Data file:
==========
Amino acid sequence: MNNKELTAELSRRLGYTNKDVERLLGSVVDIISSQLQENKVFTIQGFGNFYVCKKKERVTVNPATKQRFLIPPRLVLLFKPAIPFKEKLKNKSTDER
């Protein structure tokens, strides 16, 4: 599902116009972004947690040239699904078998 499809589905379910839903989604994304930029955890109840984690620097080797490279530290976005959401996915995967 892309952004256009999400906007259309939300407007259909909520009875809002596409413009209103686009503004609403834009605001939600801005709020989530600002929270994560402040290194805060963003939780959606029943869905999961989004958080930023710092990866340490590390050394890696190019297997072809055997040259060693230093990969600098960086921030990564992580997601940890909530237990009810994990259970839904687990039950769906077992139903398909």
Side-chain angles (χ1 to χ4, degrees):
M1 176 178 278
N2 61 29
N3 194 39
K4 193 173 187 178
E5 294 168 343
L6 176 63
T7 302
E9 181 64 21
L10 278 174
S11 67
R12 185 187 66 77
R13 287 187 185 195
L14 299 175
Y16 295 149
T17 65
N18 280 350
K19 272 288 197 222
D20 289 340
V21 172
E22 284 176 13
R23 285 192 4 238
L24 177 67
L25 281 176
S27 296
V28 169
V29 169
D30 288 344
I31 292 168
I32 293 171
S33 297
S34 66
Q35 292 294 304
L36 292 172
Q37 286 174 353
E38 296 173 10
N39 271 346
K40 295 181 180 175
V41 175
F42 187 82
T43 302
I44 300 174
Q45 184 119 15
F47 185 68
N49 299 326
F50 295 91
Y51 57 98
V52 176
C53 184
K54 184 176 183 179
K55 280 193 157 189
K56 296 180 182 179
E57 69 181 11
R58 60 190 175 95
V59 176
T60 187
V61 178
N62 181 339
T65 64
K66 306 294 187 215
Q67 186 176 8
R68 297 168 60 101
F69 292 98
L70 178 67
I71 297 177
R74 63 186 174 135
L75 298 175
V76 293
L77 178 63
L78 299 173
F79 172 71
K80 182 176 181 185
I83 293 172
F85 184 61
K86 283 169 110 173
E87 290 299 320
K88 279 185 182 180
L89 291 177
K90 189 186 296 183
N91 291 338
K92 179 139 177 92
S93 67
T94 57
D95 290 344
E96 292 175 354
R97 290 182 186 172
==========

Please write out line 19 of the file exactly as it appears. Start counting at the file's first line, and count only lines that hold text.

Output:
N18 280 350